Crew travels to New Englands next week

The last time Williams crews faced the U.S. Coast Guard Academy in a non-championship regatta was in the spring of 1997. In 1998, oarsmen and oarswomen from the academy crews made the three-hour trip to Williams’ home course in Pittsfield, only to return home without having rowed a stroke. Onota Lake, known for its nasty temperament by the crews who call it home, was positively vengeful that cold morning. The conditions were so bad that the regatta’s referee refused to officiate any races. When the Williams Crew arrived at the Coast Guard boathouse on the Thames river on Saturday, a repeat of that fiasco seemed imminent. A wind was blowing hard against the wide waterway’s tidal current, churning up high, foamy swells and giving the afternoon’s sailboat racers a wild ride. However, these two teams, familiar with the battle against the elements that regularly accompanies the battle between boats, were ready to race.

Mercifully the waters calmed, but not before a search for a rowable stretch significantly delayed the races.

For the women’s second varsity eight, the delays meant spending around three hours on the water, for only one eight- minute race. After rowing to the appointed start area, the women discovered that the races were to be held another two miles up the river. Upon arriving at the new race course, they waited for their mysteriously absent opponents. “

“Apparently, they were hot-seating one of their novices,” reported Kate Geier ’00, referring to the practice where a rower who has just raced is quickly lent to another crew, due perhaps to a shortage of numbers. “We just waited around and the officials [at an informal regatta, usually the host team’s coaching staff] kept saying ‘maybe that’s them coming right now’ and it would turn out to be some other crew.”

When the race finally took place, the Williams women channeled their frustration into a performance that was, according to Geier, the highlight of their season. Taking a boat-length for every hour spent on the water, the women defeated Coast Guard by over 30 seconds.

A similarly decisive victory was attained by the Williams novice women. Ironically, the two-hour delay suffered by the JV women granted them excellent rowing conditions (the river was at a dead calm by the time Williams departed for home, shortly after darkness fell). The same quarter was not granted to the novices.

“We had several inches of water in the bottom of our boat by the end of the race and we were completely soaked,” commented Diane Reis ’03. “It was still a strong race, though.”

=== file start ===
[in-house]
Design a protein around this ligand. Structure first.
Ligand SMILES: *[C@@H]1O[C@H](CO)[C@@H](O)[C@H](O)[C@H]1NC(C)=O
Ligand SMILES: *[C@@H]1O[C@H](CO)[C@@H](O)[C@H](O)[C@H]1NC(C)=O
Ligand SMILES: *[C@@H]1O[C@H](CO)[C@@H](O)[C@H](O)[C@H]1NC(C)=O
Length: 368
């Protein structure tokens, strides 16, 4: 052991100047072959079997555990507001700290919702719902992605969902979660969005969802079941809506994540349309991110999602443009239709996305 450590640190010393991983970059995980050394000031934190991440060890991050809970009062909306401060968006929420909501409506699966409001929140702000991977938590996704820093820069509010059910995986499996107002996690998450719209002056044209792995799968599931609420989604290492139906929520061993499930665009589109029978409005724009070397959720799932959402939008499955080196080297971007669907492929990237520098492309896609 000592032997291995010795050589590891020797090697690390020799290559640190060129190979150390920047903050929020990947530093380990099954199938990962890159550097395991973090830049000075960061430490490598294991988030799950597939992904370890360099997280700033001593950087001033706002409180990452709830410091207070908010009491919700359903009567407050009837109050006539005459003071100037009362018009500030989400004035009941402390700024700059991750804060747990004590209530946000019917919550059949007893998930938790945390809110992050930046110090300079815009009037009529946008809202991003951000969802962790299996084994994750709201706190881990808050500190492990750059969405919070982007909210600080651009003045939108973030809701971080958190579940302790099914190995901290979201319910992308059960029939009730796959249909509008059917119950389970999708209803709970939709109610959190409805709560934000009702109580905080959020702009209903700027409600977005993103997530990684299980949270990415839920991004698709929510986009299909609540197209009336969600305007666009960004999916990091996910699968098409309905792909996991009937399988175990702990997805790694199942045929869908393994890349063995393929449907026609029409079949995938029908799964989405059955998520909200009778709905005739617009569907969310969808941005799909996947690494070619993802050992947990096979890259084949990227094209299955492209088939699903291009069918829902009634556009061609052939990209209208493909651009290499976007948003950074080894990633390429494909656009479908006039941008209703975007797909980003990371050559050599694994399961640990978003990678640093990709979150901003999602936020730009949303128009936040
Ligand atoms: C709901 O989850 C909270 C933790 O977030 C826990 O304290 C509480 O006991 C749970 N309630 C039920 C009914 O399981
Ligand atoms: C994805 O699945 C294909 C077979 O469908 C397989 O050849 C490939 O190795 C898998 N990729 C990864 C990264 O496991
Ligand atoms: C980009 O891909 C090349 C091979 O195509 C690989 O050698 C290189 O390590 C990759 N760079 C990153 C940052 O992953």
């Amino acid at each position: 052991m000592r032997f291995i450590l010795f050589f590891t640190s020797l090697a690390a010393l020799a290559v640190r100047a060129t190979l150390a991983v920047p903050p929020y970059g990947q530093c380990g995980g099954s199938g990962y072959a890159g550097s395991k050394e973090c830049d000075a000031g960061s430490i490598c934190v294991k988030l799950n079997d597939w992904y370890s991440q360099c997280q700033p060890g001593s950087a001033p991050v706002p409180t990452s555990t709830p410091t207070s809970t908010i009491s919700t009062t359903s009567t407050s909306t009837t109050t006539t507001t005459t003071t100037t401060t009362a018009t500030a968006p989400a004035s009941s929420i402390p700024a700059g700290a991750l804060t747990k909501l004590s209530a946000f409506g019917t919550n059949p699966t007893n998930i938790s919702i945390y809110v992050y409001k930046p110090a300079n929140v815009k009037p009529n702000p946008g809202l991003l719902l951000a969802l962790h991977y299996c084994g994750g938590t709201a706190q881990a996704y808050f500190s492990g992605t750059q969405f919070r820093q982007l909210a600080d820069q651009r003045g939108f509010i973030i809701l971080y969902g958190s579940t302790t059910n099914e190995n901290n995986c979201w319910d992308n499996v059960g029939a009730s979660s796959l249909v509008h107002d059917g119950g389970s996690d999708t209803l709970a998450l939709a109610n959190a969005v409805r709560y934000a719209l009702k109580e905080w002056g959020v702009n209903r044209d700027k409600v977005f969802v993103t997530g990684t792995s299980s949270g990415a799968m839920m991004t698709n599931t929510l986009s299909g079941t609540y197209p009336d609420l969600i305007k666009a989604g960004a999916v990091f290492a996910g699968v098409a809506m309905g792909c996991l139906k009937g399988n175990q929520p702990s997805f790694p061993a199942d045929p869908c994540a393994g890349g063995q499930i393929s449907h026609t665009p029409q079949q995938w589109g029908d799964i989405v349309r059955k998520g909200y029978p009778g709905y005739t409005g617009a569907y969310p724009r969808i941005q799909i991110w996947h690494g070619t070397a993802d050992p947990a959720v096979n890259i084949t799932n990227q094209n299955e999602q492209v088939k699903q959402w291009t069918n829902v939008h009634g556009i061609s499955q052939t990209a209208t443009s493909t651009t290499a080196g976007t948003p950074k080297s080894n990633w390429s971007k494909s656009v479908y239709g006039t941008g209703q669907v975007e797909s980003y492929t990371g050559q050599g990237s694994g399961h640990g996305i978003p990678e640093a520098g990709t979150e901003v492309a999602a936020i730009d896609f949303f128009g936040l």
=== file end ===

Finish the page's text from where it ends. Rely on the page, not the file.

The novice eight, which has yet to be defeated by a New England crew, started ahead and stayed ahead, winning by 31 seconds. Additionally, Williams won a shortened novice women’s fours race in front of the Coast Guard boathouse at the end of the day.

Another race that proved to be more of a contest with the elements was the men’s JV race. The men, who suffered a well-rowed but disappointing defeat to Wesleyan last weekend, smartly defeated Coast Guard by a few lengths.

The remaining races were far more grueling, and were being played for high stakes. In addition to the delays, the waves, and the wind, the Williams novice men faced a strong opponent. The Coast Guard’s cadets took a half-length at the start, and Williams was unable to permanently close the gap, losing by two seconds. The marquee varsity events were held on calm water, between two sets of top-contending New England crews. Coast Guard’s home-course advantage nearly cost Williams’ women the win: having taken a two-seat lead at the beginning of the race, and holding this narrow margin for 1500m, in the remaining few hundred meters it was difficult for Williams to determine their exact location on the unmarked course. The Coast Guard coxswain, knowing her own course and the optimal moment for the final sprint, almost took Williams’ Carol Lynn Higgins ’02 by surprise. Williams countered, and scored a win by under a second. The varsity men performed excellently but were beaten by the strong Coast Guard crew by under five seconds.

Saturday’s races marked the end of the pre-championship season. All Williams crews will be racing at the New England Chamionships on May 6 in Worcester. Remarking on the results of the JV men’s race, Dan Clayburgh ’01 remarked “hopefully this will help us get a good seed next weekend. I think we can do really well.” His sentiments are echoed by the other 60-some Williams rowers, for whom a good position in the heats next Saturday is the first step toward gold.

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